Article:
More photos by Jori in CMW's Flickr account.
Photos from CMW's 15th season reunion concert at The RISD Museum on June 10.
Photography by Bobbie Hunger. Additional photos can be found in CMW's Flickr account.
Read the June edition of The Ensemble, Tricia Tunstall and Eric Booth's monthly publication about the growing El Sistema-inspired movement in the United States, by downloading it here.
Barnaby Evans [Waterfire founder] and I celebrated Providence together from the balcony of the State Room at the State House after the ArtPlace press conference on Tuesday, June 12. In the background is the tape art installation on the Masonic Temple (now the Renaissance Hotel). Read about CMW's ArtPlace-funded project here, and read about Waterfire's project here.
-Sebastian Ruth, Founder & Artistic Director
Sara: I'm making my annual roadtrip out west, this time to check out Mom's new pool. Isa (and Sara) will learn how to swim.
Jori: I'm just back from a wedding in New Orleans, heading to Vermont to work with a group of 70 artists creating a DIY production of Less Miserable, resulting in a performance at The Steel Yard on Monday, July 2. Then on to documenting the Institute for Art Teachers at RISD for one week.
Jesse: I will be coaching at the RI Philharmonic Youth Orchestra camp followed by a trip to Ireland including some Ferdinand the Bull performances with Ealain. Back in the States, there will be a mixture of Apple Hill, golf, meditation, and time with the Lord Nelson and Count Chocula.
Adrienne: I'll be practicing a lot while spending two months at Indiana University, including weekly lessons with Janos Starker in his house. Meanwhile, I'm preparing for the start of the String Orchestra Project at CMW and moving to Providence.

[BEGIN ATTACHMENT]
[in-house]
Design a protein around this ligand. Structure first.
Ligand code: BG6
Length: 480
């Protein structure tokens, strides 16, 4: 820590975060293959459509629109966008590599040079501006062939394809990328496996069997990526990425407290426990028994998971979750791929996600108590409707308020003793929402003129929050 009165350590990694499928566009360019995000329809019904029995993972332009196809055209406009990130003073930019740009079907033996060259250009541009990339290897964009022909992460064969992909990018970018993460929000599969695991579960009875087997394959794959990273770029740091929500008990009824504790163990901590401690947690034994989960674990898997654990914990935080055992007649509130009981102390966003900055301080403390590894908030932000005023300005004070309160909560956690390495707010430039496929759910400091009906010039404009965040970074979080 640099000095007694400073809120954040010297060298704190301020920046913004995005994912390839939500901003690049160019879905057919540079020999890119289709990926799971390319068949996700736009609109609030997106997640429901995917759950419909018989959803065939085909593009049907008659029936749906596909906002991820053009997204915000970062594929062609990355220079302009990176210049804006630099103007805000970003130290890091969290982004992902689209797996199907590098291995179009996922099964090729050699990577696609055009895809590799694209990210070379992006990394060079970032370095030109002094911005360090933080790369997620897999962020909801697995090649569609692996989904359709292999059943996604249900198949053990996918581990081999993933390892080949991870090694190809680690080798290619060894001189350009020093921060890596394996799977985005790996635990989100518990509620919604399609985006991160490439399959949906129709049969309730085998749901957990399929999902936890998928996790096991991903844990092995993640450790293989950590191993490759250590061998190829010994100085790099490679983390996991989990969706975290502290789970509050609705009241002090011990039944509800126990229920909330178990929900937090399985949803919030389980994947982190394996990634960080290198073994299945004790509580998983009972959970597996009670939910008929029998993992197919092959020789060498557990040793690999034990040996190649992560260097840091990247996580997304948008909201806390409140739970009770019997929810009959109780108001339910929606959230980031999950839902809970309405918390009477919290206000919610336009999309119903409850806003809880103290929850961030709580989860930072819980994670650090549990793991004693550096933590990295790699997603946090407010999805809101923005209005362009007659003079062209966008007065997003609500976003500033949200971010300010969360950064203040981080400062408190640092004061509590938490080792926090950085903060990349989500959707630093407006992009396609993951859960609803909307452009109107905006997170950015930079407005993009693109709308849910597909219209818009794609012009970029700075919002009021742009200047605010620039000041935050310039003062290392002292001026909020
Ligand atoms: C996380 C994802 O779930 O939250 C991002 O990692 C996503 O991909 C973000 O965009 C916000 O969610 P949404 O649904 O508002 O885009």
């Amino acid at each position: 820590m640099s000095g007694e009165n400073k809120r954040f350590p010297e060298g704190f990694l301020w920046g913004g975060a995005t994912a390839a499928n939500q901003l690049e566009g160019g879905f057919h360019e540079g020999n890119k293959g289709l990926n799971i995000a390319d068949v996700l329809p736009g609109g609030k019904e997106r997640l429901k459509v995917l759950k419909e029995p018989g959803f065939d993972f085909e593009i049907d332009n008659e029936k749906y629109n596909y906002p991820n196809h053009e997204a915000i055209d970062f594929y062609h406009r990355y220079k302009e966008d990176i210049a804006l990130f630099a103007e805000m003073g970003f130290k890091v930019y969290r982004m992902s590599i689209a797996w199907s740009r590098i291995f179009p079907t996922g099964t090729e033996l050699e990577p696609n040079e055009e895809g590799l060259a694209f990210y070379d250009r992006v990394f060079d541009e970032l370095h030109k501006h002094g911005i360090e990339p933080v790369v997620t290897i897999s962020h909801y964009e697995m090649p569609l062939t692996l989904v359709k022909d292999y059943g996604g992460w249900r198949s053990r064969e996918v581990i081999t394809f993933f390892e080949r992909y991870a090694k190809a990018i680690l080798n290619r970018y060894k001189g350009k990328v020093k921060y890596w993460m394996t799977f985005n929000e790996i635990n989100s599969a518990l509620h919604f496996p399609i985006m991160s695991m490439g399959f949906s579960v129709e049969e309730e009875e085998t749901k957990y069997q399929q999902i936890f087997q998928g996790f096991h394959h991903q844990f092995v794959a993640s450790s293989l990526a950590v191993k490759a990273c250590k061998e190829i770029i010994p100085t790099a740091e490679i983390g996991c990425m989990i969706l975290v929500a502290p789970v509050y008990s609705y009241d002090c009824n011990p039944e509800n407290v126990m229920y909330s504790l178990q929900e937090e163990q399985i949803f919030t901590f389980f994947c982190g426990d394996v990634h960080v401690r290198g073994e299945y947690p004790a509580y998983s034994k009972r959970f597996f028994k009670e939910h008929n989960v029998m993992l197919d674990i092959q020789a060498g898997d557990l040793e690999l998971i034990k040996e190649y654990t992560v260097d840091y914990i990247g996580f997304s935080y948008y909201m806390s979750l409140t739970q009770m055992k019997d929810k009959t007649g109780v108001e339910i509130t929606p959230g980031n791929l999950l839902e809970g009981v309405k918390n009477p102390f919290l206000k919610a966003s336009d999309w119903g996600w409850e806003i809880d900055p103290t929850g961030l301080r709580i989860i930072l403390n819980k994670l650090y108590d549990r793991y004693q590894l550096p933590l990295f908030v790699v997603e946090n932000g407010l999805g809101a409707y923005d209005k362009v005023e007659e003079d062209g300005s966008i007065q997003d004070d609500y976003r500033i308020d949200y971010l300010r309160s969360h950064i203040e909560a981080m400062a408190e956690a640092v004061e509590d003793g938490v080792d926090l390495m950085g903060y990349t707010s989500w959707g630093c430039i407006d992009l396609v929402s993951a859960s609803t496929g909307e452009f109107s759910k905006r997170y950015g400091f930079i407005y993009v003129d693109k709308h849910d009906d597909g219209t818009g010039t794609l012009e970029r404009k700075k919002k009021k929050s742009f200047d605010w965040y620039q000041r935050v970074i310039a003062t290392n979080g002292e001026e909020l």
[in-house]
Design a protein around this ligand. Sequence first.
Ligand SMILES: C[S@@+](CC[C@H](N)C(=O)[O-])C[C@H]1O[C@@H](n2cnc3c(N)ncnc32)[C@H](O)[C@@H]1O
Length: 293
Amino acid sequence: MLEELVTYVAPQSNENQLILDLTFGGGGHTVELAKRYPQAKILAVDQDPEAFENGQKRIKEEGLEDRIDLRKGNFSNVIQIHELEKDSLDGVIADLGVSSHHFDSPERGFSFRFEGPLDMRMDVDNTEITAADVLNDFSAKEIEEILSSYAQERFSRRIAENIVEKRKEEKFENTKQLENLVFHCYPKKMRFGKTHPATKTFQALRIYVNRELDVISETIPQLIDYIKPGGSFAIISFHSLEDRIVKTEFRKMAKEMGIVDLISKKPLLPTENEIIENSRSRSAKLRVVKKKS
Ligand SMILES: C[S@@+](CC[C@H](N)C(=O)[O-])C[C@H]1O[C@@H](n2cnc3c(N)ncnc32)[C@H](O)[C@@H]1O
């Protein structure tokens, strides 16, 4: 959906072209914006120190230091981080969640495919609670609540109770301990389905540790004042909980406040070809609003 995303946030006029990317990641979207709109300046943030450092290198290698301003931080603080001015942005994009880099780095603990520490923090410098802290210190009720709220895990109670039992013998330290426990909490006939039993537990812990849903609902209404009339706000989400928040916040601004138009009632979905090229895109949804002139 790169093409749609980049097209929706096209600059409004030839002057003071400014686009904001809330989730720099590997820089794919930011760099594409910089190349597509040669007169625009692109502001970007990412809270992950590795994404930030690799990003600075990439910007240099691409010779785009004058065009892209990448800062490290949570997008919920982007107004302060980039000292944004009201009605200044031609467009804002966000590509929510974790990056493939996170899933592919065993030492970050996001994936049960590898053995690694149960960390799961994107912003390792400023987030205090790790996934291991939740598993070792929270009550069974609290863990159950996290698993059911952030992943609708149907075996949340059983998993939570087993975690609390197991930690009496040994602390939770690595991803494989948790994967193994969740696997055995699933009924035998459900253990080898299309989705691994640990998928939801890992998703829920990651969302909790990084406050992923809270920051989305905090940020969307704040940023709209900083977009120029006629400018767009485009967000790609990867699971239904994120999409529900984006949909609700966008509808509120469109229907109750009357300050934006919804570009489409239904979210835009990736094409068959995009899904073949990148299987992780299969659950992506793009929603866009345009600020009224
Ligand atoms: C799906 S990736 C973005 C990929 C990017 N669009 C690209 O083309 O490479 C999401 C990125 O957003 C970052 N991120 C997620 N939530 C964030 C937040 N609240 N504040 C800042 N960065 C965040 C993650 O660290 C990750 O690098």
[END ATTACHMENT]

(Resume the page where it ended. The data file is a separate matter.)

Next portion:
Ariana: I am teaching at the Boston University Tanglewood Institute and living in a rental house on a lake, as well as improving my marathon time by running all the hills in the Berkshires.
Robin: I'll be relaxing in Providence.
Liz: I'll be taking a few short trips amidst trying to keep rabbits and squirrels from digging up the things we're planting in our raised beds.
Ealain: I am attending the Saint Lawrence String Quartet chamber music seminar next week, celebrating July 4th by flying to Ireland to see my family, and returning to the States for a session at Apple Hill.
Emmy: I'll spend some time on the family farm, play some barn dances, teach some Swedish fiddling lessons, and visit Wisconsin to teach at the Birch Creek Music Performance Center. Then more time on the farm, a couple weeks in Brazil, and a trip to Maine for Grandma's 90th birthday party!
Chloe: Spackling, painting, siding, roofing, electrical work… getting our new house ready to host the CMW staff for a day during August planning week, including a barbecue.
Heath: Jesse and I will perform Honneger's Sonatine for violin and cello on Sunday, and then I'm looking forward to two weeks with my inlaws (Ithaca in July, Maine in August) and at least one day trip to Tanglewood.
CMW Founder & Artistic Director Sebastian Ruth will be in San Francisco and Palo Alto next weekend for two speaking engagements. If you live there, we hope that you will take advantage of this opportunity to hear Sebastian speak about CMW and our 15-year experiment at the intersection of classical music and public service.
Saturday, June 23 at 7:30 pm
Sunday, June 24 at 2:30 pm
The concert on June 2 was a success! Despite having only a few short rehearsals, CMW students, alumni, teachers, and visiting musicians in town for IMPS performed four pieces beautifully to a sizable crowd at the Knight Memorial Library. Listen/watch/read about all four pieces on the Media Lab website by clicking here.
-Jori Ketten, Media Lab Director
Scratch is my composition for string orchestra and field recordings. The strings section is in C major and based on a melody first exposed in the viola section. Underlying the strings part, there is texture of sounds recorded at a string restoration workshop. The piece is largely in sonata form with an interlude in the middle that could most accurately be described as a solo by the operator of the cassette tape players, which contain the recorded sounds from the field recordings.
-Liam Hopkins, Phase II